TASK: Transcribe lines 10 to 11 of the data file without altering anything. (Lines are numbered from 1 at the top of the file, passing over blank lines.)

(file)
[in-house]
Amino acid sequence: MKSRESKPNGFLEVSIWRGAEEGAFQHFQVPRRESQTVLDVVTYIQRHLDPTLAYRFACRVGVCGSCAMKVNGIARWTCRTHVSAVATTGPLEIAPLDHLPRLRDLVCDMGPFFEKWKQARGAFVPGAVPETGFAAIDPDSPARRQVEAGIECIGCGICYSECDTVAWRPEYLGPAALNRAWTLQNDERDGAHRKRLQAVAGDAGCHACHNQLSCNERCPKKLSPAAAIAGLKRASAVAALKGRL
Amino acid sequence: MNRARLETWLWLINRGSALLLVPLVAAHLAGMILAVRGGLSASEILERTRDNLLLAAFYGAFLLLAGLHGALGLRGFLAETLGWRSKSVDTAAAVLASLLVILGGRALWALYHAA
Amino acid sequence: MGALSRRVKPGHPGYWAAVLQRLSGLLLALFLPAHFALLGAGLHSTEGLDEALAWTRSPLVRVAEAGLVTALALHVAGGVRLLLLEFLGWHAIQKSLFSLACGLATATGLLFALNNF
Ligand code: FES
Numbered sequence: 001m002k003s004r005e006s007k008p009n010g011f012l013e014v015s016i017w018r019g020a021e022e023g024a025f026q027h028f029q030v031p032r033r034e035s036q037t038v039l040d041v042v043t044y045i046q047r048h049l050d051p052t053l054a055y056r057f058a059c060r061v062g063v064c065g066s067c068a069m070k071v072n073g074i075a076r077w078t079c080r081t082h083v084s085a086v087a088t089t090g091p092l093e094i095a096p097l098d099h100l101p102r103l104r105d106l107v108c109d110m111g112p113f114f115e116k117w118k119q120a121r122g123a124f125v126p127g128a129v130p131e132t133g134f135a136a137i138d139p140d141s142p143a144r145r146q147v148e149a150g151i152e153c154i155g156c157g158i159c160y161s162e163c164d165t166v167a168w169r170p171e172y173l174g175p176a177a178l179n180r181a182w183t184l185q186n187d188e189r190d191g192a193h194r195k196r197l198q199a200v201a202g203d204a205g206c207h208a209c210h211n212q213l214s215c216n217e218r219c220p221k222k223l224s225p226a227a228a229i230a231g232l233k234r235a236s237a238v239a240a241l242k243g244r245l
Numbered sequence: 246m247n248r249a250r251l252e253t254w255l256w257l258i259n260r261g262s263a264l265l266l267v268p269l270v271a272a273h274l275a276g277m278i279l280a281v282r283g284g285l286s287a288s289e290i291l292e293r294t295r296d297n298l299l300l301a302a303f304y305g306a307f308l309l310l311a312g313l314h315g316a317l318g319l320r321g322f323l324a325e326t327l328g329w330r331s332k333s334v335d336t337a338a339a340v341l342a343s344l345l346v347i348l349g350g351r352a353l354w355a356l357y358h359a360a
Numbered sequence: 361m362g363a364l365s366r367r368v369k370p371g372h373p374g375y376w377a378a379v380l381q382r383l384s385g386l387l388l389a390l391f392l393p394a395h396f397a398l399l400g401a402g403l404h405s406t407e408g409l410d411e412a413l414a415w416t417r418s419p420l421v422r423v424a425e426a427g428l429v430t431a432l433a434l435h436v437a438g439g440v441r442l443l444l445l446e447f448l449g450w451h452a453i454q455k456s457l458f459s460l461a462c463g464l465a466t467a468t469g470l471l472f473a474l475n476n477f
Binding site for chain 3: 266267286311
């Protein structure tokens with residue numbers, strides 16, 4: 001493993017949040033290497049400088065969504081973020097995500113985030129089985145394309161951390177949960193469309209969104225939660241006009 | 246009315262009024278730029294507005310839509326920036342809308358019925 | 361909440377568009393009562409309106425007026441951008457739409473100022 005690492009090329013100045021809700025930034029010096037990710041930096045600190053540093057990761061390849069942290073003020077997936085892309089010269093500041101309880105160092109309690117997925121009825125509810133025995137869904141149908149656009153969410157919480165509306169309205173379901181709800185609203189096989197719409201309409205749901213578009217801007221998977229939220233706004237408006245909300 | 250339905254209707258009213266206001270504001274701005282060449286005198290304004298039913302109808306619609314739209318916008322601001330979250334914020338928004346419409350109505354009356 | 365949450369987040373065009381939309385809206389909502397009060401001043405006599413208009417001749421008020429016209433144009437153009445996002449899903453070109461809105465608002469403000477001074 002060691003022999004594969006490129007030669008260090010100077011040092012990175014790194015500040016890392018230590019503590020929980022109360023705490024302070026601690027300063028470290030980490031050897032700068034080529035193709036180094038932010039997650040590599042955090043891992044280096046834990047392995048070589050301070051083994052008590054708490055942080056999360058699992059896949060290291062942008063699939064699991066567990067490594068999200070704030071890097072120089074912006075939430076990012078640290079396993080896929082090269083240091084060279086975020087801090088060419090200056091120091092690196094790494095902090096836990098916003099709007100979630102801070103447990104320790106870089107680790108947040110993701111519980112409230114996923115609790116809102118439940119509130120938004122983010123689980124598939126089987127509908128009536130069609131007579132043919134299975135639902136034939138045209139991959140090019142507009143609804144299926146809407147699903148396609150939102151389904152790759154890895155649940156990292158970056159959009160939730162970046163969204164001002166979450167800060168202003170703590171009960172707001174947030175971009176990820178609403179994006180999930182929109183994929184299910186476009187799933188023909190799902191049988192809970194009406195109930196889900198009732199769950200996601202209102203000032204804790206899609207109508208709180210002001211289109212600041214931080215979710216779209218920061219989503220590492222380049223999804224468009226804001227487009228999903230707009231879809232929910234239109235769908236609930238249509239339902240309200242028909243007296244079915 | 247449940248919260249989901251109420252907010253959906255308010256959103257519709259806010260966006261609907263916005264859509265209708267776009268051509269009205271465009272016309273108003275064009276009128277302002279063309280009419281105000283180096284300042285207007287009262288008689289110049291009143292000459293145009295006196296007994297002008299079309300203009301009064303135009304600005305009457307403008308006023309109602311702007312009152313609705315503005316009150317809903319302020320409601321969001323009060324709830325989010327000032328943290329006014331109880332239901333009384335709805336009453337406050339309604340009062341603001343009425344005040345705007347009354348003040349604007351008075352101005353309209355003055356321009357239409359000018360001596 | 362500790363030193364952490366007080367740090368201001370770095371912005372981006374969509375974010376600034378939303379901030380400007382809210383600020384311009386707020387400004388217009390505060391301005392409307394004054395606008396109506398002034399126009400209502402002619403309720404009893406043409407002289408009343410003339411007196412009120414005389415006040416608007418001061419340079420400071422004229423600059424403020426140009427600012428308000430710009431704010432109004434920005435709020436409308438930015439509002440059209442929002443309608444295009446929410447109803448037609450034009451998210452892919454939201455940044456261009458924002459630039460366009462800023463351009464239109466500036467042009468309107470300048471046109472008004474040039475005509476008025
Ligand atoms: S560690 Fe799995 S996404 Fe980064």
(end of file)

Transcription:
């Protein structure tokens with residue numbers, strides 16, 4: 001493993017949040033290497049400088065969504081973020097995500113985030129089985145394309161951390177949960193469309209969104225939660241006009 | 246009315262009024278730029294507005310839509326920036342809308358019925 | 361909440377568009393009562409309106425007026441951008457739409473100022 005690492009090329013100045021809700025930034029010096037990710041930096045600190053540093057990761061390849069942290073003020077997936085892309089010269093500041101309880105160092109309690117997925121009825125509810133025995137869904141149908149656009153969410157919480165509306169309205173379901181709800185609203189096989197719409201309409205749901213578009217801007221998977229939220233706004237408006245909300 | 250339905254209707258009213266206001270504001274701005282060449286005198290304004298039913302109808306619609314739209318916008322601001330979250334914020338928004346419409350109505354009356 | 365949450369987040373065009381939309385809206389909502397009060401001043405006599413208009417001749421008020429016209433144009437153009445996002449899903453070109461809105465608002469403000477001074 002060691003022999004594969006490129007030669008260090010100077011040092012990175014790194015500040016890392018230590019503590020929980022109360023705490024302070026601690027300063028470290030980490031050897032700068034080529035193709036180094038932010039997650040590599042955090043891992044280096046834990047392995048070589050301070051083994052008590054708490055942080056999360058699992059896949060290291062942008063699939064699991066567990067490594068999200070704030071890097072120089074912006075939430076990012078640290079396993080896929082090269083240091084060279086975020087801090088060419090200056091120091092690196094790494095902090096836990098916003099709007100979630102801070103447990104320790106870089107680790108947040110993701111519980112409230114996923115609790116809102118439940119509130120938004122983010123689980124598939126089987127509908128009536130069609131007579132043919134299975135639902136034939138045209139991959140090019142507009143609804144299926146809407147699903148396609150939102151389904152790759154890895155649940156990292158970056159959009160939730162970046163969204164001002166979450167800060168202003170703590171009960172707001174947030175971009176990820178609403179994006180999930182929109183994929184299910186476009187799933188023909190799902191049988192809970194009406195109930196889900198009732199769950200996601202209102203000032204804790206899609207109508208709180210002001211289109212600041214931080215979710216779209218920061219989503220590492222380049223999804224468009226804001227487009228999903230707009231879809232929910234239109235769908236609930238249509239339902240309200242028909243007296244079915 | 247449940248919260249989901251109420252907010253959906255308010256959103257519709259806010260966006261609907263916005264859509265209708267776009268051509269009205271465009272016309273108003275064009276009128277302002279063309280009419281105000283180096284300042285207007287009262288008689289110049291009143292000459293145009295006196296007994297002008299079309300203009301009064303135009304600005305009457307403008308006023309109602311702007312009152313609705315503005316009150317809903319302020320409601321969001323009060324709830325989010327000032328943290329006014331109880332239901333009384335709805336009453337406050339309604340009062341603001343009425344005040345705007347009354348003040349604007351008075352101005353309209355003055356321009357239409359000018360001596 | 362500790363030193364952490366007080367740090368201001370770095371912005372981006374969509375974010376600034378939303379901030380400007382809210383600020384311009386707020387400004388217009390505060391301005392409307394004054395606008396109506398002034399126009400209502402002619403309720404009893406043409407002289408009343410003339411007196412009120414005389415006040416608007418001061419340079420400071422004229423600059424403020426140009427600012428308000430710009431704010432109004434920005435709020436409308438930015439509002440059209442929002443309608444295009446929410447109803448037609450034009451998210452892919454939201455940044456261009458924002459630039460366009462800023463351009464239109466500036467042009468309107470300048471046109472008004474040039475005509476008025
Ligand atoms: S560690 Fe799995 S996404 Fe980064």